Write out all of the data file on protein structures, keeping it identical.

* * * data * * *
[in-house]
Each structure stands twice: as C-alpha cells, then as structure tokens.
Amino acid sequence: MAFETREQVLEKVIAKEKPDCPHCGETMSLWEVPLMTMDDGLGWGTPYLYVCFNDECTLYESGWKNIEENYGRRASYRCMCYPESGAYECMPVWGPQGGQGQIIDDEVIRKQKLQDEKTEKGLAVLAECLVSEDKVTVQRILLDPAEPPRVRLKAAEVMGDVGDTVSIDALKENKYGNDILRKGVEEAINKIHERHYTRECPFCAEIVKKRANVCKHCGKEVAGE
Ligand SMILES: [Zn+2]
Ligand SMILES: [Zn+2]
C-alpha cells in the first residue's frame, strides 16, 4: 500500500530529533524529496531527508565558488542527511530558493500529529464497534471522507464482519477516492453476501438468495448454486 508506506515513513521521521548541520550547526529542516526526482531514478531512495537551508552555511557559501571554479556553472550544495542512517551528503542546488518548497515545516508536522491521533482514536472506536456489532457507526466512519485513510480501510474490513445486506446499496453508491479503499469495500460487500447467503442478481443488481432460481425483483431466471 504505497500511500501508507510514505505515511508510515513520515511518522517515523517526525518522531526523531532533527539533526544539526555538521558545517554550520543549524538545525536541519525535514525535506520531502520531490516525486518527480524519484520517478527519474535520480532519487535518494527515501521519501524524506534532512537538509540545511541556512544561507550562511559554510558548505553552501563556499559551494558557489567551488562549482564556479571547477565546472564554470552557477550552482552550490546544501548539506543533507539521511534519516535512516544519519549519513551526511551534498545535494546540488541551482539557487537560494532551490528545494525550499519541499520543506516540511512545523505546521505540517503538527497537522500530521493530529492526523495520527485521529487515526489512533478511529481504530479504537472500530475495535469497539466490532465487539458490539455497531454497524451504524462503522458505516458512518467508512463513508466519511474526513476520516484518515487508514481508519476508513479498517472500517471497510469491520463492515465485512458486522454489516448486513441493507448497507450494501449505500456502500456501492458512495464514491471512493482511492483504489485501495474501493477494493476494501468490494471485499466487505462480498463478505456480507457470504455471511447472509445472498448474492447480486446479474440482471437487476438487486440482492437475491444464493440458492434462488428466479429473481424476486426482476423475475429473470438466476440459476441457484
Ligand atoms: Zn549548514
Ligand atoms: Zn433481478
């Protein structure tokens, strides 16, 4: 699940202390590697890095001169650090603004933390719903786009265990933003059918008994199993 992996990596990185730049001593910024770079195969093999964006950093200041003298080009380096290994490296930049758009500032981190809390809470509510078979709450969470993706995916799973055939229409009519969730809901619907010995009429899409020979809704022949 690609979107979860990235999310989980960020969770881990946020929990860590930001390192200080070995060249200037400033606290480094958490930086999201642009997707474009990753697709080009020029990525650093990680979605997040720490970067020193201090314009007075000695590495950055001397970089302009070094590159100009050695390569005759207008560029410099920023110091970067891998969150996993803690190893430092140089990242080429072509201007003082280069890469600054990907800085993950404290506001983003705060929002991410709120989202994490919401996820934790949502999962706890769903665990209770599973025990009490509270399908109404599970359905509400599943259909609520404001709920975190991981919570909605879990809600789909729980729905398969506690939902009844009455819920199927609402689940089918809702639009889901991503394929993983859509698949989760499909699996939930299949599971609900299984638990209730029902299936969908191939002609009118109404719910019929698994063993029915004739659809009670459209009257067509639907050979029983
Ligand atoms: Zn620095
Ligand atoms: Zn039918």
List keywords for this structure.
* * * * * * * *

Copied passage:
[in-house]
Each structure stands twice: as C-alpha cells, then as structure tokens.
Amino acid sequence: MAFETREQVLEKVIAKEKPDCPHCGETMSLWEVPLMTMDDGLGWGTPYLYVCFNDECTLYESGWKNIEENYGRRASYRCMCYPESGAYECMPVWGPQGGQGQIIDDEVIRKQKLQDEKTEKGLAVLAECLVSEDKVTVQRILLDPAEPPRVRLKAAEVMGDVGDTVSIDALKENKYGNDILRKGVEEAINKIHERHYTRECPFCAEIVKKRANVCKHCGKEVAGE
Ligand SMILES: [Zn+2]
Ligand SMILES: [Zn+2]
C-alpha cells in the first residue's frame, strides 16, 4: 500500500530529533524529496531527508565558488542527511530558493500529529464497534471522507464482519477516492453476501438468495448454486 508506506515513513521521521548541520550547526529542516526526482531514478531512495537551508552555511557559501571554479556553472550544495542512517551528503542546488518548497515545516508536522491521533482514536472506536456489532457507526466512519485513510480501510474490513445486506446499496453508491479503499469495500460487500447467503442478481443488481432460481425483483431466471 504505497500511500501508507510514505505515511508510515513520515511518522517515523517526525518522531526523531532533527539533526544539526555538521558545517554550520543549524538545525536541519525535514525535506520531502520531490516525486518527480524519484520517478527519474535520480532519487535518494527515501521519501524524506534532512537538509540545511541556512544561507550562511559554510558548505553552501563556499559551494558557489567551488562549482564556479571547477565546472564554470552557477550552482552550490546544501548539506543533507539521511534519516535512516544519519549519513551526511551534498545535494546540488541551482539557487537560494532551490528545494525550499519541499520543506516540511512545523505546521505540517503538527497537522500530521493530529492526523495520527485521529487515526489512533478511529481504530479504537472500530475495535469497539466490532465487539458490539455497531454497524451504524462503522458505516458512518467508512463513508466519511474526513476520516484518515487508514481508519476508513479498517472500517471497510469491520463492515465485512458486522454489516448486513441493507448497507450494501449505500456502500456501492458512495464514491471512493482511492483504489485501495474501493477494493476494501468490494471485499466487505462480498463478505456480507457470504455471511447472509445472498448474492447480486446479474440482471437487476438487486440482492437475491444464493440458492434462488428466479429473481424476486426482476423475475429473470438466476440459476441457484
Ligand atoms: Zn549548514
Ligand atoms: Zn433481478
């Protein structure tokens, strides 16, 4: 699940202390590697890095001169650090603004933390719903786009265990933003059918008994199993 992996990596990185730049001593910024770079195969093999964006950093200041003298080009380096290994490296930049758009500032981190809390809470509510078979709450969470993706995916799973055939229409009519969730809901619907010995009429899409020979809704022949 690609979107979860990235999310989980960020969770881990946020929990860590930001390192200080070995060249200037400033606290480094958490930086999201642009997707474009990753697709080009020029990525650093990680979605997040720490970067020193201090314009007075000695590495950055001397970089302009070094590159100009050695390569005759207008560029410099920023110091970067891998969150996993803690190893430092140089990242080429072509201007003082280069890469600054990907800085993950404290506001983003705060929002991410709120989202994490919401996820934790949502999962706890769903665990209770599973025990009490509270399908109404599970359905509400599943259909609520404001709920975190991981919570909605879990809600789909729980729905398969506690939902009844009455819920199927609402689940089918809702639009889901991503394929993983859509698949989760499909699996939930299949599971609900299984638990209730029902299936969908191939002609009118109404719910019929698994063993029915004739659809009670459209009257067509639907050979029983
Ligand atoms: Zn620095
Ligand atoms: Zn039918």
List keywords for this structure.